• Jordan To Violently Retaliate For Pilot Burned Alive By ISIS

    After the appearance of a video showing the death of Jordanian pilot 1st Lt. Muadh al-Kasasbeh, Jordan prepared late on Tuesday to follow through on its vow of executing ISIS-affiliated prisoners.

    Jordan has reportedly identified five prisoners linked to ISIS for execution on Wednesday. They had previously been considered for a swap with the pilot, before news of his death was revealed. (RELATED: Negotiating With ISIS, US Ally Jordan At A Stalemate)

    Jordanian King Abdullah ibn al-Hussein is in Washington for meetings with Secretary of State John Kerry and the Senate Foreign Relations Committee, but will cut his visit short in order to return to Jordan. Meanwhile, Jordanian cities’ streets filled with civilians demanding revenge for their countryman.

    A statement by Jordan’s government vowed an “earth-shaking” response to Kasasbeh’s death. (RELATED: Video Emerges Of ISIS Burning Captured Pilot Alive)

    The video’s appearance has raised new questions about ISIS’ motives and strategy toward Jordan, a major ally in the U.S.-led coalition against the group. Jordan has withdrawn its airplanes since Kasasbeh crashed in ISIS-held Syrian territory in late December. But the terrorist group may be baiting Jordan into a more muscular, more vulnerable military commitment, elevating their soon-dead sympathizers in Jordan as martyrs in the fight against the American-led alliance.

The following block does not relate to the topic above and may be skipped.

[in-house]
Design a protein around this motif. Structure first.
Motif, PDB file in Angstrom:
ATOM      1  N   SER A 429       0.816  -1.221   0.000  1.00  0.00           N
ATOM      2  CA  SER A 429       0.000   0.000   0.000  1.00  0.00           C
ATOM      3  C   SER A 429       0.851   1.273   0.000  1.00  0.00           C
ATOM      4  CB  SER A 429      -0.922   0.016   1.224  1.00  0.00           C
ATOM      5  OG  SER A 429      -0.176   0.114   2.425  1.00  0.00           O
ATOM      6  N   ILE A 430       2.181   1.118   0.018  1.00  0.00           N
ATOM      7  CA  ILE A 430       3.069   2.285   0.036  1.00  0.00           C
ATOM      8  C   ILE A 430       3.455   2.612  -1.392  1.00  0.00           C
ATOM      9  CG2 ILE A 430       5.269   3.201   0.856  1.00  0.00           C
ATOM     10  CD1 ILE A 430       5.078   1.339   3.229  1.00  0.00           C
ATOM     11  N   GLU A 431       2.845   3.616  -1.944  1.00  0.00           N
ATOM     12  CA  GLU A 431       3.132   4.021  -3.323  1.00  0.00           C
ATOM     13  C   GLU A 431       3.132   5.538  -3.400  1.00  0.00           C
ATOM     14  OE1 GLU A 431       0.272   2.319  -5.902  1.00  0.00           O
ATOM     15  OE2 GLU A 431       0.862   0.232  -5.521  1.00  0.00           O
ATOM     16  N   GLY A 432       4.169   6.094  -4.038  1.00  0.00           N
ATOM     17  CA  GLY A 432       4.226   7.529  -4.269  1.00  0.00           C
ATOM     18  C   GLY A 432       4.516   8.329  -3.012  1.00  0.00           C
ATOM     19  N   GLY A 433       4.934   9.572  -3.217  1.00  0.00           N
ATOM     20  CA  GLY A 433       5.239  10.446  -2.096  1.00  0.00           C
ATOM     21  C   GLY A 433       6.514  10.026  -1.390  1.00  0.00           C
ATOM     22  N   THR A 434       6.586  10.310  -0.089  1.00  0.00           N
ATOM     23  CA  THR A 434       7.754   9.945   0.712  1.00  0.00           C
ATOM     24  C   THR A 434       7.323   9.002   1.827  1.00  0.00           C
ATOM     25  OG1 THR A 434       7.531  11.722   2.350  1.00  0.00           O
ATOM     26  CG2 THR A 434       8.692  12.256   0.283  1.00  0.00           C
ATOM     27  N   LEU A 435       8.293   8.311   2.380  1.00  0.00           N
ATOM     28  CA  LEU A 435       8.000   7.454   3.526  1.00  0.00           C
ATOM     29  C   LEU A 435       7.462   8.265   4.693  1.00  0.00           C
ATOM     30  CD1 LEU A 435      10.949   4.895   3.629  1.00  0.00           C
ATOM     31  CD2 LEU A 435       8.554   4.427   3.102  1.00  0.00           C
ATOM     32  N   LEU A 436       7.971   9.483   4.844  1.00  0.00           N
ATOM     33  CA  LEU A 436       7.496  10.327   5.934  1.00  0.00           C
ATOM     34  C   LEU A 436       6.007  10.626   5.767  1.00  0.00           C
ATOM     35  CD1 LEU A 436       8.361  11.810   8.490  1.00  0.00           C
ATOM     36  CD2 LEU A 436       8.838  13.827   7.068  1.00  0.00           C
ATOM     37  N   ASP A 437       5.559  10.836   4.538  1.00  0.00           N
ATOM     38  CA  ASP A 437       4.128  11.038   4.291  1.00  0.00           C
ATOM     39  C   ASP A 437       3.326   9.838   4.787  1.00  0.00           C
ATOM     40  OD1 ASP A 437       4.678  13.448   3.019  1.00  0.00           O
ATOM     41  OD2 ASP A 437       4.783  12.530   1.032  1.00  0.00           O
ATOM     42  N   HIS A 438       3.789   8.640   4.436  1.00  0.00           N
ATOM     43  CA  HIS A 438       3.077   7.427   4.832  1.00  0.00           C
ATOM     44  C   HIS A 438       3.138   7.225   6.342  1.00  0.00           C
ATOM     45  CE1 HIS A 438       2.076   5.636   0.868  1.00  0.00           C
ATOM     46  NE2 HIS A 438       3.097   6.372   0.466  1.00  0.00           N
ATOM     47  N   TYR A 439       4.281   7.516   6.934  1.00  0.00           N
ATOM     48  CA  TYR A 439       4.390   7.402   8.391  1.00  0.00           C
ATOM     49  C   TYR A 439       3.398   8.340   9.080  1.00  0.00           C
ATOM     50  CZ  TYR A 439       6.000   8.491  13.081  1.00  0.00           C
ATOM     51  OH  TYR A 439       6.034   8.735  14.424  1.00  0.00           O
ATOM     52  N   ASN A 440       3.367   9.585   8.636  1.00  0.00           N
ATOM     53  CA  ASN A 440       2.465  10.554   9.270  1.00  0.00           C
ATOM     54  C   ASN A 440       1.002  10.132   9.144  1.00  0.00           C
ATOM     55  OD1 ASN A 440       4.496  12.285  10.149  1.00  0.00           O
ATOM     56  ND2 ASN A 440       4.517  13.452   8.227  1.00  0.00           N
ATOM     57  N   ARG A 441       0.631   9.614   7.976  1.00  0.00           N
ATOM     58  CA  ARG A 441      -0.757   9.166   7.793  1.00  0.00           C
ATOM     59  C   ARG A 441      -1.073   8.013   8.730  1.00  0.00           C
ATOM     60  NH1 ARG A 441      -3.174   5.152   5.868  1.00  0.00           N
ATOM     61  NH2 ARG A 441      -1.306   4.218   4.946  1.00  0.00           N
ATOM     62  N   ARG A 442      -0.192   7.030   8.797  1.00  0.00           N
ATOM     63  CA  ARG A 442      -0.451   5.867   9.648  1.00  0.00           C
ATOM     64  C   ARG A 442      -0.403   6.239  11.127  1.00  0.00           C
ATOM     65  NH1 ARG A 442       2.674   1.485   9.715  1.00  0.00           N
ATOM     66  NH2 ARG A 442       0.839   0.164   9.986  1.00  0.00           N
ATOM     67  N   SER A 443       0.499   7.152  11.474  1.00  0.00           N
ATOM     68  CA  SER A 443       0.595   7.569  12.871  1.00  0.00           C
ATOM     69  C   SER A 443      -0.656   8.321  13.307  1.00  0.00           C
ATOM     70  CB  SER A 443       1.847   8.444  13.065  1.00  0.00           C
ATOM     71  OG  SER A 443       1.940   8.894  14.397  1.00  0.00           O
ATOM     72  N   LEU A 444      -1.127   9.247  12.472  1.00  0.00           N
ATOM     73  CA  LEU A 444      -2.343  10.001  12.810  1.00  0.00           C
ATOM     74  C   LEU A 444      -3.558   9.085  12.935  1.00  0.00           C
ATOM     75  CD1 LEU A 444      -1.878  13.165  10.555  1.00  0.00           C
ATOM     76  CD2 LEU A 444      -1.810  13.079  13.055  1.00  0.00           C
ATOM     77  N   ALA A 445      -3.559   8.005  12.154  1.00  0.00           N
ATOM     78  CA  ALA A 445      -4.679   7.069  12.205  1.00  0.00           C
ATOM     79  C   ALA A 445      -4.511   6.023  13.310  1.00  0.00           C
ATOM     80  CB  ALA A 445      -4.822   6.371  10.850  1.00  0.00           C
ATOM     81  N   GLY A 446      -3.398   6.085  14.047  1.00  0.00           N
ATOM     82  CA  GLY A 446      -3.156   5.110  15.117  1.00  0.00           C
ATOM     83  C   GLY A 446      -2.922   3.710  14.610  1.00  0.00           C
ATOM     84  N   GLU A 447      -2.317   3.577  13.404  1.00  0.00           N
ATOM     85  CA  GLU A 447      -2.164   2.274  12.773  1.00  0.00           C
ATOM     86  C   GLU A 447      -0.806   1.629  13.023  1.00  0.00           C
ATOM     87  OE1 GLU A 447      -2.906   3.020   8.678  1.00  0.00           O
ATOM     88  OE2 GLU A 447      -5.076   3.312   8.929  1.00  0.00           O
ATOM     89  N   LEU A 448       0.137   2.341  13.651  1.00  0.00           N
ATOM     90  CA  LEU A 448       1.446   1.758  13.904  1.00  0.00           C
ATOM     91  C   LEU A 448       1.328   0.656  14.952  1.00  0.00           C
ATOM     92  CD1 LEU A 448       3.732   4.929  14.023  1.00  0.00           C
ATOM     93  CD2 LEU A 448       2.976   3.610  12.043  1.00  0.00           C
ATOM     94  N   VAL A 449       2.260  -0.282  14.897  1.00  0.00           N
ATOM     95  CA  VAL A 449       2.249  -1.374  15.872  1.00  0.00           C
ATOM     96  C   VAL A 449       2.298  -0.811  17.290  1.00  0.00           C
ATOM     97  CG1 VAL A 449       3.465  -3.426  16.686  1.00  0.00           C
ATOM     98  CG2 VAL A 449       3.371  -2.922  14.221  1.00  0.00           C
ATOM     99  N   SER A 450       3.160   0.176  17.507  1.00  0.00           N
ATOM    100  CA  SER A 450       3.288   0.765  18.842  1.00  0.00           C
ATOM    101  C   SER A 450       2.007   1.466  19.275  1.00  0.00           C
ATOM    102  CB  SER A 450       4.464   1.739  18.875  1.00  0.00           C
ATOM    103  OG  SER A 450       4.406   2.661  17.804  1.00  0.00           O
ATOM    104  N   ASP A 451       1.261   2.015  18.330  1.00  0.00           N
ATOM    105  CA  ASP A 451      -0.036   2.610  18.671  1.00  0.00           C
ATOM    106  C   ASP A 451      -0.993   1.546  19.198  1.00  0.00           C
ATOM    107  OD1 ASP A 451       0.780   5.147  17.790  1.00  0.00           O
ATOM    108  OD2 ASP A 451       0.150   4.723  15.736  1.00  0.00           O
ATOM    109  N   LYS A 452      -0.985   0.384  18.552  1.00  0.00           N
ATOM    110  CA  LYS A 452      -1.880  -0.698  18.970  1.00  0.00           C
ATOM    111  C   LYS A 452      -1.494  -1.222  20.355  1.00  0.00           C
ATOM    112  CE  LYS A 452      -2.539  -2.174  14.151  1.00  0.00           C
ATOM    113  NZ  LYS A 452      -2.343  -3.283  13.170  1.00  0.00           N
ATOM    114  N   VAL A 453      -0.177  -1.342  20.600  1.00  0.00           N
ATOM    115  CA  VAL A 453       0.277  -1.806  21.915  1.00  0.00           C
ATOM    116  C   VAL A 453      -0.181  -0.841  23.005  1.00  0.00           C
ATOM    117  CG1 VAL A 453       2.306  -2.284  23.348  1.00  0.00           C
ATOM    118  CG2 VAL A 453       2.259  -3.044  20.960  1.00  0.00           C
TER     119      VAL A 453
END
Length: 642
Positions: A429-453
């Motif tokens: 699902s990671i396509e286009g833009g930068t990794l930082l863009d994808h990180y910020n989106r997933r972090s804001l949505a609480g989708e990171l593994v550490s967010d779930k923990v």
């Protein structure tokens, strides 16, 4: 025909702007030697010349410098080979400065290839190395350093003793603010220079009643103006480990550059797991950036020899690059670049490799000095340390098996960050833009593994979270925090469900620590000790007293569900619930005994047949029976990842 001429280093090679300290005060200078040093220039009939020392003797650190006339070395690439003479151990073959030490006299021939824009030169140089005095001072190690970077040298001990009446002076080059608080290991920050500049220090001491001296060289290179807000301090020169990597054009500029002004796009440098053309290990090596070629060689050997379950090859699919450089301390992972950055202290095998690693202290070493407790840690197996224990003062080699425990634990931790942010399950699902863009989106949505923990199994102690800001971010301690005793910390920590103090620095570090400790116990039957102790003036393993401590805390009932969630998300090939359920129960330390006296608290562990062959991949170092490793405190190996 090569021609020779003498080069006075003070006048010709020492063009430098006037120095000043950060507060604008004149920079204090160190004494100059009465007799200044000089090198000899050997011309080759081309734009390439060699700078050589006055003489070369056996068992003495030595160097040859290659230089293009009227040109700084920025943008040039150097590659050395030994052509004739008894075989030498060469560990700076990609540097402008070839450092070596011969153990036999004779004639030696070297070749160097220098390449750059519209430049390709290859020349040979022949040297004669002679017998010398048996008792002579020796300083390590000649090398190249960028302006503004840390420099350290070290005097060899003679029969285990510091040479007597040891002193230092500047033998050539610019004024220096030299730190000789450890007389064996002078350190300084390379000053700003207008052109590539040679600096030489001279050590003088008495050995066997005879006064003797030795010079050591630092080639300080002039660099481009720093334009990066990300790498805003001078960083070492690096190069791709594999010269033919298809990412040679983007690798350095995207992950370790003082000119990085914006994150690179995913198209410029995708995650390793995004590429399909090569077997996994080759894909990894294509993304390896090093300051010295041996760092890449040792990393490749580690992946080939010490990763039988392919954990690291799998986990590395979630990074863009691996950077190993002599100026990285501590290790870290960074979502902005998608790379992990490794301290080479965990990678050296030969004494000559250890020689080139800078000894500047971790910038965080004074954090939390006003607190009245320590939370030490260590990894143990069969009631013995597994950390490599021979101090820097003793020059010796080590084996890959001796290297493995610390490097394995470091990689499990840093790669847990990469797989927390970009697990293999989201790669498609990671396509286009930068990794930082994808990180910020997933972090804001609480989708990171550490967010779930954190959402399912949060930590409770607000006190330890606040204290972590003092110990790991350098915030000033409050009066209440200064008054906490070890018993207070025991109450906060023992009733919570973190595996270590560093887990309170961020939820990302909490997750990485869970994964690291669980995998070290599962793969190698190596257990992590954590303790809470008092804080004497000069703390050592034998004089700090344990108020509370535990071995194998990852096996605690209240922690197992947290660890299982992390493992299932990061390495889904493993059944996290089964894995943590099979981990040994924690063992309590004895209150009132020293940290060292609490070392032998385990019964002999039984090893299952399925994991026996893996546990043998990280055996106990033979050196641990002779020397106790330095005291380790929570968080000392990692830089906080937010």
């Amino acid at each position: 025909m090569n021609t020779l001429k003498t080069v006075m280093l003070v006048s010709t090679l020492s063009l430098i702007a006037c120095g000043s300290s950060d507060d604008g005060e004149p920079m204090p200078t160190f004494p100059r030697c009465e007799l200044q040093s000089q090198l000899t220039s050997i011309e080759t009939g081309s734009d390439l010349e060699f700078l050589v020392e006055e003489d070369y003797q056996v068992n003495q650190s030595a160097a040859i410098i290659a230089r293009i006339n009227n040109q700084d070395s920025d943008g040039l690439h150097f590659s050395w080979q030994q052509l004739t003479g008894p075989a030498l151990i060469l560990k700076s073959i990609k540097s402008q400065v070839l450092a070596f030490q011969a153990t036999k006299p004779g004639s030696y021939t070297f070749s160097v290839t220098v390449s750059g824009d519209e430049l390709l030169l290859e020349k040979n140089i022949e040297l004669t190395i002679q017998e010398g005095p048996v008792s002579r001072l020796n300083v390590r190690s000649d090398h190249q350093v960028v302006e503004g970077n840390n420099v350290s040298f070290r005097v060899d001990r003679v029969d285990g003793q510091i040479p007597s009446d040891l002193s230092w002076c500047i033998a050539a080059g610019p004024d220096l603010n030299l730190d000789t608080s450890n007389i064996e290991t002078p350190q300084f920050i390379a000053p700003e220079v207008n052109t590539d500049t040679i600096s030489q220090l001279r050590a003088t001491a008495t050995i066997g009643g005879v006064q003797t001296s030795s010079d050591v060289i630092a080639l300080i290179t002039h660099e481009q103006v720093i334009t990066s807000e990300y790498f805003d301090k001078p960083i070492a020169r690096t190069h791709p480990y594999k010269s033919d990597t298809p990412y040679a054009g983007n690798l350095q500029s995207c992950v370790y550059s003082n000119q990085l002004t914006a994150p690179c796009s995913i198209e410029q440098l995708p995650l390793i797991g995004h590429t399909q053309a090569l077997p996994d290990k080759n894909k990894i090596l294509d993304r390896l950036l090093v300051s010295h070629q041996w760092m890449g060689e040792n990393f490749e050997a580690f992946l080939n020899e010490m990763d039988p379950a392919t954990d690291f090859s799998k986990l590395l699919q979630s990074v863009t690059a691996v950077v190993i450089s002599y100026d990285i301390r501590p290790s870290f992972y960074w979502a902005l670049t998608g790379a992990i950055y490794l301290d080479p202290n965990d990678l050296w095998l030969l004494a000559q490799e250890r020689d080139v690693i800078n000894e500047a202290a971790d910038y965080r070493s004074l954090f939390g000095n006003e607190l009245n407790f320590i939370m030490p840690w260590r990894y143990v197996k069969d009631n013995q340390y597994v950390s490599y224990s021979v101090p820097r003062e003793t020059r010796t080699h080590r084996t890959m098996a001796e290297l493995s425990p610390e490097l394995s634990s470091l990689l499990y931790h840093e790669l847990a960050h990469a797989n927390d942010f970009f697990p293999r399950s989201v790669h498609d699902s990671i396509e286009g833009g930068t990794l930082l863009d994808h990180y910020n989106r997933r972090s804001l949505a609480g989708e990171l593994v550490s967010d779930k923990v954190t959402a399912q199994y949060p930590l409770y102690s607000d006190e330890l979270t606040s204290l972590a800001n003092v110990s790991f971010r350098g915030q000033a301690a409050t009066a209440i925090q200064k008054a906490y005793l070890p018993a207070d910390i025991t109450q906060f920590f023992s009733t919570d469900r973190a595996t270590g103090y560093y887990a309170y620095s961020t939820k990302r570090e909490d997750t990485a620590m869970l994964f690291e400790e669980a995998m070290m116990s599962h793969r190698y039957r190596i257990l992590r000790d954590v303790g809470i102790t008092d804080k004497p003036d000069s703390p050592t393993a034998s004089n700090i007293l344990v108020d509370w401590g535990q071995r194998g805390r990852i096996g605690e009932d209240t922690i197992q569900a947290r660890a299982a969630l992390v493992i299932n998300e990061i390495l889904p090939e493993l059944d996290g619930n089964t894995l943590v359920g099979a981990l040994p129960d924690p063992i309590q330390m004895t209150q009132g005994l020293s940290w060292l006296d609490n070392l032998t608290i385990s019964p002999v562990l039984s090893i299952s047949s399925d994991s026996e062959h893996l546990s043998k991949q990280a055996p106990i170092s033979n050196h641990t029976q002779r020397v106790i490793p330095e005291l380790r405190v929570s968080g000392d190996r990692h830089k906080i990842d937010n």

On the same theme, terror analysis firm the Soufan Group has issued an article, describing “overreaction” and “constant replenishment of fear” as two key weapons in ISIS’ arsenal.

    Open-source intelligence suggests that Kasasbeh was killed in late December or early January, though the video was withheld until Tuesday. ISIS’ behavior in the prolonged drama surrounding Kasasbeh and two Japanese hostages, both also killed in the last two weeks, may indicate an attempt to provoke an overreaction and draw more sympathy among disenfranchised Muslims, particularly those in the West.

    Sajida al-Rishawi, the female terrorist prisoner whom Jordan had been ready to exchange for Kasasbeh, was arrested after her suicide vest failed to go off in a 2005 attack on a hotel in Amman, the Jordanian capital.

    ISIS also remains in custody of at least one American hostage, a 26-year-old female development worker whose name is not publicly available. President Obama said Monday that he would “deploy all assets” to locate and recover foreign hostages held by the group.

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